Transplant Candidates

Who Is a Transplant Candidate?

The Lung Transplant Program treats patients with advanced lung disease who may be good candidates for lung transplantation. Candidates may be suffering from the following conditions:

After the lung transplant team* receives your medical records and information listed on the transplant referral checklist, the following will happen:
  • A pre-transplant nurse coordinator will collect your medical history, radiology studies, recent blood work and current physical findings.
  • The lung transplant and hepatology teams will review your information to determine if a transplant evaluation is appropriate.
  • If a transplant evaluation is found to be appropriate, we will obtain insurance authorization and contact you to schedule an evaluation.

Transplant evaluation

The Lung Transplantation Program works closely with multidisciplinary teams to provide exceptional care along the entire spectrum of life-threatening lung diseases. This includes comprehensive evaluations for transplantation.
Evaluations include diagnostic testing and consultations with:

  • Transplant surgeon
  • Pulmonologist
  • Transplant coordinator
  • Psychologist
  • Social worker
  • Financial coordinator
  • Nutritionist
  • Other specialists, as needed

A multidisciplinary team reviews each patient’s case at a selection meeting and makes decisions regarding approval of lung transplant candidates. We will notify you of our decision approximately one week after the evaluation.

For those patients not approved for lung transplantation, our transplant team can refer them to expert lung specialists who can provide medical therapy and additional treatment options. Reasons a candidate might not be considered for lung transplantation include:

  • Chronic infection
  • Cancer that has metastasized (spread)
  • A severe heart condition
  • Other condition that prohibits surgery
  • Unsuitability for follow-up treatments

Related Resources


The Northwestern Medicine Lung Transplant Program


  • American Lung Association: This organization is working to save lives by improving lung health and preventing lung disease through research, education and advocacy.
  • American Society of Transplantation: This website’s Patient Information section offers a number of resources for transplant patients.
  • Coalition on Donation: The organization promotes organ donation and provides education about it.
  • Gift of Hope Organ and Tissue Donor Network: Website of the not-for-profit organ procurement organization that works with hospitals and donor families in the northern three-fourths of Illinois and northwest Indiana. The organization is responsible for the recovery of organs and tissue for medical transplantation in the service area, as well as for professional and public education on organ and tissue donation.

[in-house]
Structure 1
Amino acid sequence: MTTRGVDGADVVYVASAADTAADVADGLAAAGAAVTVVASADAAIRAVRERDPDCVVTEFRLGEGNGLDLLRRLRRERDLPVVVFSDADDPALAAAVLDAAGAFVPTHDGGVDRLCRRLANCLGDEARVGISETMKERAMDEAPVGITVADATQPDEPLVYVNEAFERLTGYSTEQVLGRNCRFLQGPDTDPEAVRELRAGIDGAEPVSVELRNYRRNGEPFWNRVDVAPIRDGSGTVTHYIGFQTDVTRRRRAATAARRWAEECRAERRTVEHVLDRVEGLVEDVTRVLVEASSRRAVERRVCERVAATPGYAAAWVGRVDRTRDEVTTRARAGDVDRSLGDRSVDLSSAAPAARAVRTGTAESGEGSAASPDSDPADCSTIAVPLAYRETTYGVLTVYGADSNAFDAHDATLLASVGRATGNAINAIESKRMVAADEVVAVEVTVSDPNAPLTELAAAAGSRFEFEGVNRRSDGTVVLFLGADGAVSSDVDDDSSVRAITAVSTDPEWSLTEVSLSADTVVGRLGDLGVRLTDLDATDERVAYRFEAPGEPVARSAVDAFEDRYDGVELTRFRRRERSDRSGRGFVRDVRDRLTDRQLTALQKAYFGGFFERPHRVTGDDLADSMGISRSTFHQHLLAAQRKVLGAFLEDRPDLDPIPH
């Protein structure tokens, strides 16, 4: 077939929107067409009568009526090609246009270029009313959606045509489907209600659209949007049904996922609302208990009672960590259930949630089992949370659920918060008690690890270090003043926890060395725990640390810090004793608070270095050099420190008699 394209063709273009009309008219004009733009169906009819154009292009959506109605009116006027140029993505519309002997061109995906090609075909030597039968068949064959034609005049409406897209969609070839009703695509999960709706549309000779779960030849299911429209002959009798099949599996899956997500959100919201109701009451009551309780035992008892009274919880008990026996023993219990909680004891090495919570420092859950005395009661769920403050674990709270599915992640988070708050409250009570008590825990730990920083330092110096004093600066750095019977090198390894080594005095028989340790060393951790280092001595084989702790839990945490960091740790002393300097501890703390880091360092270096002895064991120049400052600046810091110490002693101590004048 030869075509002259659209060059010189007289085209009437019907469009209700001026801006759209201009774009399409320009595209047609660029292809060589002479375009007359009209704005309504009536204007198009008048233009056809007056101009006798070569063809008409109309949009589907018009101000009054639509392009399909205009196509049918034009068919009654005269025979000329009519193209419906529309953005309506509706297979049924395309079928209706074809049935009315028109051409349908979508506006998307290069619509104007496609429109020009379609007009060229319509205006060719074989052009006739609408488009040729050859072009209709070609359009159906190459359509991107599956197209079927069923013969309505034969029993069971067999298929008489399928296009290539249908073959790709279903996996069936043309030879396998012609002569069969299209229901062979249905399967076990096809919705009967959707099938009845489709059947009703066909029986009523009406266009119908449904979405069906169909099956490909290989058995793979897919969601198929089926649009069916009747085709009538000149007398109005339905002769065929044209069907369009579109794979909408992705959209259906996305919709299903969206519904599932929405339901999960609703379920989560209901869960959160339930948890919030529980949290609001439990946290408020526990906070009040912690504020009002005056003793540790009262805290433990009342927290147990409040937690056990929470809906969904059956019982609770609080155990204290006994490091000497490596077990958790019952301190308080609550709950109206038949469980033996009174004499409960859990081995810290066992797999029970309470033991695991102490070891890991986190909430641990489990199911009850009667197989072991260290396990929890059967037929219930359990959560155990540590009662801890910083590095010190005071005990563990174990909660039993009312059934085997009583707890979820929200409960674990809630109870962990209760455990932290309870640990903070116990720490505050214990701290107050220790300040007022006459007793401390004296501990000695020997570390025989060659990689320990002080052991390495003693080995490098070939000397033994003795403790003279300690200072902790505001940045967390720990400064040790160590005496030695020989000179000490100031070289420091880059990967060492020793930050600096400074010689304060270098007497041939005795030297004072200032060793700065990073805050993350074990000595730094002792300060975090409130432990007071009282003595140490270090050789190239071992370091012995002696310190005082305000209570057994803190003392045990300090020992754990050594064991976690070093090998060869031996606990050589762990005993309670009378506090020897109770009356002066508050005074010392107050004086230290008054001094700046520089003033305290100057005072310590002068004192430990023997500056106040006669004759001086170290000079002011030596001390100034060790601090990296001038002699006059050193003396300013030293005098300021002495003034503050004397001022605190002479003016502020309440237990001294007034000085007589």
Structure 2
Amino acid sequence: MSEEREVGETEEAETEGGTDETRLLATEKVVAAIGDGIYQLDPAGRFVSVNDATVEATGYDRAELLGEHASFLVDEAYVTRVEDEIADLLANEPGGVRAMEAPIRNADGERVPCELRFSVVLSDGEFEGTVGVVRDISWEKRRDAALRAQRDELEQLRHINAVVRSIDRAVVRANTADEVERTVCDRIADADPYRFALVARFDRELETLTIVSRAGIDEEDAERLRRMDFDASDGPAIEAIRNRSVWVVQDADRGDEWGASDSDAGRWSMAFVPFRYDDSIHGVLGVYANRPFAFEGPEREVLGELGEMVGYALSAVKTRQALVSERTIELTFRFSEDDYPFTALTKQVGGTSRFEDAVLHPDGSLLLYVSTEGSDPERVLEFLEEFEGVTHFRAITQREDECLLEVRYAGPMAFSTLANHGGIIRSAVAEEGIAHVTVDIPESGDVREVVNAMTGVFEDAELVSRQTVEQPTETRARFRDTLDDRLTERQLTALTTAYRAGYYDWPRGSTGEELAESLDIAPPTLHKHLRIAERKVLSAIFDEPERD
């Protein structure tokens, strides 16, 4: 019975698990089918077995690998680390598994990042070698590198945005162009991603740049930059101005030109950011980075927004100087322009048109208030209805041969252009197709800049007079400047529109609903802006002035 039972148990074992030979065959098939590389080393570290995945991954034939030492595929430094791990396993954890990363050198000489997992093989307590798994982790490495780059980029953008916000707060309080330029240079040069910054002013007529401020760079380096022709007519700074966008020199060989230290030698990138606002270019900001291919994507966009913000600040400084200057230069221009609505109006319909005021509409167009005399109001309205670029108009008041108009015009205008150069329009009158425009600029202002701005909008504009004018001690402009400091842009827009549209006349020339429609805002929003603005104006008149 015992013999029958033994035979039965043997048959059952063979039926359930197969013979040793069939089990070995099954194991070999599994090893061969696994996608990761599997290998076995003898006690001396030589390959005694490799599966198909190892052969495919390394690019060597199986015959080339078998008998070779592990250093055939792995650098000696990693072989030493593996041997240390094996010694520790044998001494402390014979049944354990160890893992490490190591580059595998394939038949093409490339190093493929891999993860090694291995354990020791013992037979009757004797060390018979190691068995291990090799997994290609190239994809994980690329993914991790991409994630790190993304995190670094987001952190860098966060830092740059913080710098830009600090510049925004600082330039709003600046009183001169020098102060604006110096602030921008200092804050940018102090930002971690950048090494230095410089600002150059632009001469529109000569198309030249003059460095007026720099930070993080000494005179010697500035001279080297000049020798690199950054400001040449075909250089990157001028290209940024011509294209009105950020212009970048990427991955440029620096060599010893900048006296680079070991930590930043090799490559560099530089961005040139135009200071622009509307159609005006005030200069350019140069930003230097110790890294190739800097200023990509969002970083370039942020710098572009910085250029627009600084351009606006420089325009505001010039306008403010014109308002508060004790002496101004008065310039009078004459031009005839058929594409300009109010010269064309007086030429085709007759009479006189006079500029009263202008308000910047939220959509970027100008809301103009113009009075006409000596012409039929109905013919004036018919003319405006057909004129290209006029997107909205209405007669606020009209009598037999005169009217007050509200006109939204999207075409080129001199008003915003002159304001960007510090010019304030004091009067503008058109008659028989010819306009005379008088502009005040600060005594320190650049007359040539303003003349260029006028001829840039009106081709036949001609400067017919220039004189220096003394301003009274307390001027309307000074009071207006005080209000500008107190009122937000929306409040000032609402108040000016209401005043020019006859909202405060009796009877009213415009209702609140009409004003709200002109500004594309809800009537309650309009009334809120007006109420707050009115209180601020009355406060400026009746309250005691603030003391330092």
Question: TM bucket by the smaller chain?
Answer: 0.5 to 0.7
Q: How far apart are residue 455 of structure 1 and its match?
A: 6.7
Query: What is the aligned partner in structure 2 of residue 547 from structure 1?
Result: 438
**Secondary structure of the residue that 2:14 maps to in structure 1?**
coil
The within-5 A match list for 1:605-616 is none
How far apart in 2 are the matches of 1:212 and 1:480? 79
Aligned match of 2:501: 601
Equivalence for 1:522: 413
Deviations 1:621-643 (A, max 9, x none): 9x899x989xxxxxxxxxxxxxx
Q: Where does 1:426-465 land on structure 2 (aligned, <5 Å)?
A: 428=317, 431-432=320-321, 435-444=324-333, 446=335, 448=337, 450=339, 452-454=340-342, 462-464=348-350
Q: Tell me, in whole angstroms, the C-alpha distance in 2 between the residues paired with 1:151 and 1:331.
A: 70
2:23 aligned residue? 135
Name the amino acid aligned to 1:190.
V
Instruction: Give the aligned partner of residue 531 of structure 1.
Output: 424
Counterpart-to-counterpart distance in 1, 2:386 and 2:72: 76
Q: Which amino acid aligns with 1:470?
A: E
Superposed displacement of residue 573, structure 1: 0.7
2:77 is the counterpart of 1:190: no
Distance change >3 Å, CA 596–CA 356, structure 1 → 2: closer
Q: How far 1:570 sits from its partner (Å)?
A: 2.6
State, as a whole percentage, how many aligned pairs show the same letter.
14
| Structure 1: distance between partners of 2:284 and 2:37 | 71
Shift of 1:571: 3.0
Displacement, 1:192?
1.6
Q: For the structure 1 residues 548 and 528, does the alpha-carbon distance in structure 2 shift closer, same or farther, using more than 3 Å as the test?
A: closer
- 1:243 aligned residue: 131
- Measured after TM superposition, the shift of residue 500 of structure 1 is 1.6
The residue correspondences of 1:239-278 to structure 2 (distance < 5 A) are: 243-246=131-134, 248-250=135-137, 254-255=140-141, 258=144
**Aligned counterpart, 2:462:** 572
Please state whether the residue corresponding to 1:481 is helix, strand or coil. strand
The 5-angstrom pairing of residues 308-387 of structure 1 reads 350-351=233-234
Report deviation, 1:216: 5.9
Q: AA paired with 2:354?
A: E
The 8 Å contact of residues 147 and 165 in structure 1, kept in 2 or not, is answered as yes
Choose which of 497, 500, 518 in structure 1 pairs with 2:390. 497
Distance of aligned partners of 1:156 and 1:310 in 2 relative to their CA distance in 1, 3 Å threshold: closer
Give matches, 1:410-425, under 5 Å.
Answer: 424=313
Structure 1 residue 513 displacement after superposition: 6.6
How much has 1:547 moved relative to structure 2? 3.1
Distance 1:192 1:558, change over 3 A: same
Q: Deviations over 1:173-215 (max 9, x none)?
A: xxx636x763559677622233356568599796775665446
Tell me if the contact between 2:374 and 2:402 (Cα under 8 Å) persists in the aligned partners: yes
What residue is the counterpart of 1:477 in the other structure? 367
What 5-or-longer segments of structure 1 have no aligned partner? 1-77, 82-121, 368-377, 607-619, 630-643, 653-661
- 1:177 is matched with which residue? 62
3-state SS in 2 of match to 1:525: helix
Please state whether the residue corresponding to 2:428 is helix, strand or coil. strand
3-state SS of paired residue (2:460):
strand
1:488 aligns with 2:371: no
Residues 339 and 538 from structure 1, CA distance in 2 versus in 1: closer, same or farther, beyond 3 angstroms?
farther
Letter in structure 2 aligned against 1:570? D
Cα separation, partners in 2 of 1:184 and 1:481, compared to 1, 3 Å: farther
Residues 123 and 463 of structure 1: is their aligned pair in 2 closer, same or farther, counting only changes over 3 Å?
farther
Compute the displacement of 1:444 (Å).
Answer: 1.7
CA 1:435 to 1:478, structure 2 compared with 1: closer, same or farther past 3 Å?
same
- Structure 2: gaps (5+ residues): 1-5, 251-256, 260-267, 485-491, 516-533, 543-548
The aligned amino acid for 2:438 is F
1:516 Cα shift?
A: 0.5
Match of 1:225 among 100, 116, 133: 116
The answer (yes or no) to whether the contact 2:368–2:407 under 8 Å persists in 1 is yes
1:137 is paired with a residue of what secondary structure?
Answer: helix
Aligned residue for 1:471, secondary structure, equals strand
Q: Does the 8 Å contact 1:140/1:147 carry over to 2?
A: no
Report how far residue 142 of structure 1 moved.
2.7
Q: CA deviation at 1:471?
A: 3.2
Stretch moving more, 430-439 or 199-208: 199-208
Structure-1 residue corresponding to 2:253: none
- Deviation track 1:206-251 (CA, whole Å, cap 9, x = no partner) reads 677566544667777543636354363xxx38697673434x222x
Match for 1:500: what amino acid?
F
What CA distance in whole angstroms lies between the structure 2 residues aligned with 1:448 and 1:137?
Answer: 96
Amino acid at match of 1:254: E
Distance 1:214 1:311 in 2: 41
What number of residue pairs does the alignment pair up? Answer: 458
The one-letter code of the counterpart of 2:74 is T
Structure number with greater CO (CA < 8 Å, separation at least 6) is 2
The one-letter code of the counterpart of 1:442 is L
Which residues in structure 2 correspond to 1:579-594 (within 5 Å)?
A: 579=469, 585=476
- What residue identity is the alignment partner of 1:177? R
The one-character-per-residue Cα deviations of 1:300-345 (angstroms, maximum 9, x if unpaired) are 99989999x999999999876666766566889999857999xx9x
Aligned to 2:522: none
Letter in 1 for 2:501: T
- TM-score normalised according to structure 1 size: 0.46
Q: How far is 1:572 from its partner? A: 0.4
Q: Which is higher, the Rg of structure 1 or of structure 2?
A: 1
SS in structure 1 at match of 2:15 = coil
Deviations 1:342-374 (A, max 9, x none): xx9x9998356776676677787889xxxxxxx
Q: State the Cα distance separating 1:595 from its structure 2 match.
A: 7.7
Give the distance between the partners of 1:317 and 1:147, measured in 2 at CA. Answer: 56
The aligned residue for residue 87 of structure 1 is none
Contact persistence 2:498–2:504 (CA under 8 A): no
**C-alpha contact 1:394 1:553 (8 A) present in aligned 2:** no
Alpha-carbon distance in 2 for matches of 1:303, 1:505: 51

• MedlinePlus: This is a trusted source that covers all aspects of organ donation and provides easy access to medical journal articles, extensive information about drugs, an illustrated medical encyclopedia, interactive patient tutorials and the latest health news.
  • National Heart, Lung and Blood Institute (NHLBI): This division of the National Institutes of Health offers information about the lung transplantation process.
  • National Organ and Tissue Donation Initiative: The U.S. Department of Health and Human Services is undertaking this initiative to ease the critical shortage of organ and tissue donors by building a national community of organ sharing.
  • Organ Procurement and Transplantation Network (OPTN): OPTN is a unique public-private partnership that links all of the professionals involved in the donation and transplantation system. Its goals are to increase the supply of donated organs available for transplantation and the effectiveness and efficiency of the United Network for Organ Sharing (UNOS).
  • Transplant Living: This is the United Network for Organ Sharing patient education site for all transplant patients.
  • TransWeb: TransWeb's mission is to provide information about donation and transplantation to the general public to promote organ donation and to provide transplant families with information dealing specifically with transplant issues.
  • United Network for Organ Sharing (UNOS): Through the UNOS Organ Center, organ donors are matched to waiting recipients 24 hours a day, 365 days a year. Through its policies, UNOS ensures that all patients have a fair chance at receiving the organ they need—regardless of age, sex, race, lifestyle, religion, or financial or social status. UNOS members include every transplant program, organ procurement organization and tissue typing laboratory in the United States.
  • U.S. Transplant—Scientific Registry of Transplant Recipients (SRTR): The SRTR supports the ongoing evaluation of the scientific and clinical status of solid organ transplantation in the United States.

In the spirit of keeping you well-informed, some of the physician(s) and/or individual(s) identified are neither agents nor employees of Northwestern Memorial HealthCare or any of its affiliate organizations. They have selected our facilities as places where they want to treat and care for their private patients.